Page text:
Using Pi-hole On A Raspberry Pi: Change DNS Servers

Raspberry PiThis post is part of the series on using the Pi-hole; this series is a sub-series of the Adventures with a Raspberry Pi.

As with a number of the other items shown in this series, the DNS Servers are selected during installation, but can be changed in the admin interface. To change the DNS Servers, log into the admin interface, select Settings and click on the DNS tab; you can change to one of the default DNS servers in the list or you can enter custom DNS servers:

Settings - DNS tab

Adventures With A Raspberry Pi

Implementing SmartList Builder: What is SmartList Builder?

eOne SolutionsThis post is part of the series on Implementing SmartList Builder from eOne Solutions.

Before launching into the installation of SmartList Builder, I thought it might be worthwhile to do a post on what it is. All users of Microsoft Dynamics GP will be familiar with SmartList; this is the flexible reporting tool which allows you to generate a report showing a list of master records or transactions. Each series has a set of SmartLists available by default, with predefined favourites where search criteria or columns are supplied already configured.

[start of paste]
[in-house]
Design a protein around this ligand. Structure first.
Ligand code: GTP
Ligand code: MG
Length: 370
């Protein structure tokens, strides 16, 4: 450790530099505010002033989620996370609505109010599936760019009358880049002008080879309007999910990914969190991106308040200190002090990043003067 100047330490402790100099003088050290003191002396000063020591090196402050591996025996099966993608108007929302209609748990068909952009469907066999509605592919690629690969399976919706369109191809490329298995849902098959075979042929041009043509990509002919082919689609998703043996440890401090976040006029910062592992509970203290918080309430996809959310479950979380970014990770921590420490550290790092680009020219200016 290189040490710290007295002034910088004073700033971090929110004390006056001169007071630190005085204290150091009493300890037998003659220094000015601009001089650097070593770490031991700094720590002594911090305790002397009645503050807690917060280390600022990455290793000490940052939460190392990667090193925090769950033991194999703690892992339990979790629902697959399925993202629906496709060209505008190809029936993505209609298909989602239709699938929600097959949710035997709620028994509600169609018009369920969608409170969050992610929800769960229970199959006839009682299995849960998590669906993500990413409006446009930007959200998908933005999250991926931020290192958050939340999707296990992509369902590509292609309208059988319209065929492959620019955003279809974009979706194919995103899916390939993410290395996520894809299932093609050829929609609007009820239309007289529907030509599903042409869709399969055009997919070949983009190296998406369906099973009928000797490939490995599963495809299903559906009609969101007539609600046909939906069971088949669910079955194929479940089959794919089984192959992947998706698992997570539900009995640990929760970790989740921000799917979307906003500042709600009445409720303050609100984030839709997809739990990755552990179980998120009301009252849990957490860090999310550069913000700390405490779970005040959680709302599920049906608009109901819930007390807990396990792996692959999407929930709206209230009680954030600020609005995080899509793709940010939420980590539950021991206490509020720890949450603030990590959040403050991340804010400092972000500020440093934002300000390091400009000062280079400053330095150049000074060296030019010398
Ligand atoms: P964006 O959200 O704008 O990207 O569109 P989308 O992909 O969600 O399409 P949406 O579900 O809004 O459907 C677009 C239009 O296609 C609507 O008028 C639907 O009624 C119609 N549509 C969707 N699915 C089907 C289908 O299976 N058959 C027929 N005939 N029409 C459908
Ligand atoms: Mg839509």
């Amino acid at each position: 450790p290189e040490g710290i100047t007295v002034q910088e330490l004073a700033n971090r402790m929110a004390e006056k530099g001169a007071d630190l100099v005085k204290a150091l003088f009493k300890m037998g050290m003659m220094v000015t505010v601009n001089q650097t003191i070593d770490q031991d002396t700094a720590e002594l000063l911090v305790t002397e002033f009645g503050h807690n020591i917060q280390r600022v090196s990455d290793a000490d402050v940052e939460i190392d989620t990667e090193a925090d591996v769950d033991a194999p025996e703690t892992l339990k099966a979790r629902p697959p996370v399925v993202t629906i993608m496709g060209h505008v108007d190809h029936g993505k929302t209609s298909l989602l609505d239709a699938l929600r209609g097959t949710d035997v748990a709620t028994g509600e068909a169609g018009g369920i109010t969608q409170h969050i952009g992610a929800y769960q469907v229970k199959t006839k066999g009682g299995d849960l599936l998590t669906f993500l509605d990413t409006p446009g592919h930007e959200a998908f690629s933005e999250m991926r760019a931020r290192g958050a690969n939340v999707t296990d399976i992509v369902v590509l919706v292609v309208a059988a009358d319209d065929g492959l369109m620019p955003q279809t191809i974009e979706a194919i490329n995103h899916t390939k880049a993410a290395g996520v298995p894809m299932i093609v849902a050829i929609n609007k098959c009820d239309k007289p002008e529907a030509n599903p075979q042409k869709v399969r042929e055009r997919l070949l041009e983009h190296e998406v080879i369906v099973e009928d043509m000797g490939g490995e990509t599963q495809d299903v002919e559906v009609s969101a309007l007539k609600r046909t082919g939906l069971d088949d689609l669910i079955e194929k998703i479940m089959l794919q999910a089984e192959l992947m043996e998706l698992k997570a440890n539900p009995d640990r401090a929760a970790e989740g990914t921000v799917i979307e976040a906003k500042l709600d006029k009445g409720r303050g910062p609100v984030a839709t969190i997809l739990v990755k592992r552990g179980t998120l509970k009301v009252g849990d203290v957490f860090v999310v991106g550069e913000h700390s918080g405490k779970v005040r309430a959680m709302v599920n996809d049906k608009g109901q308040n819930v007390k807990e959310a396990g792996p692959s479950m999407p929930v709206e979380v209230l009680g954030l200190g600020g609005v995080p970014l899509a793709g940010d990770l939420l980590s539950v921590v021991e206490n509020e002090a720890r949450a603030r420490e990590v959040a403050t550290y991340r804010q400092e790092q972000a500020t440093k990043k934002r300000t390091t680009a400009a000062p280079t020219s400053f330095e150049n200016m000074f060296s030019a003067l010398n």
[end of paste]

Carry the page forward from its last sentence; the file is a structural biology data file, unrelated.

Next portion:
SmartList favourites can be customised and new ones created quite easily, but new SmartLists themselves cannot be created. To create a new SmareList, you need a tool such as SmartList Builder or, in more recent years, SmartList Designer. In this series, I am focussing on SmartList Builder as this is an additional product available from an ISV for Microsoft Dynamics GP.

Back in 2003 when I started working with Microsoft Dynamics GP, SmartList Builder was available direct from Microsoft. SmartList Builder was originally developed by eOne Solutions and then licensed by Microsoft; in the run up to the release of Microsoft Dynamics GP 2013 SP2, the licensing deal for SmartList Builder was ended and maintenance of the product reverted back to eOne Solutions.

SmartList Builder the product, includes four utilities:

  1. SmartList Builder – SmartList Builder allows you to create both brand new SmartLists or modify existing SmartList. You can link up to 32 tables together. Tables can be standard GP tables, any of the Third Party (ISV) tables, any SQL table, SQL views or SQL Scripts, other SmartLists or Extender resources.
  2. Excel Report Builder – Excel Report Builder generates an Excel Spreadsheet with a live connection back to GP or any other data you include. This means you have live refreshable reports, anytime you need them. You can give all your data from GP to anyone in the organization via Excel – without buying new, full-user licenses of Dynamics GP.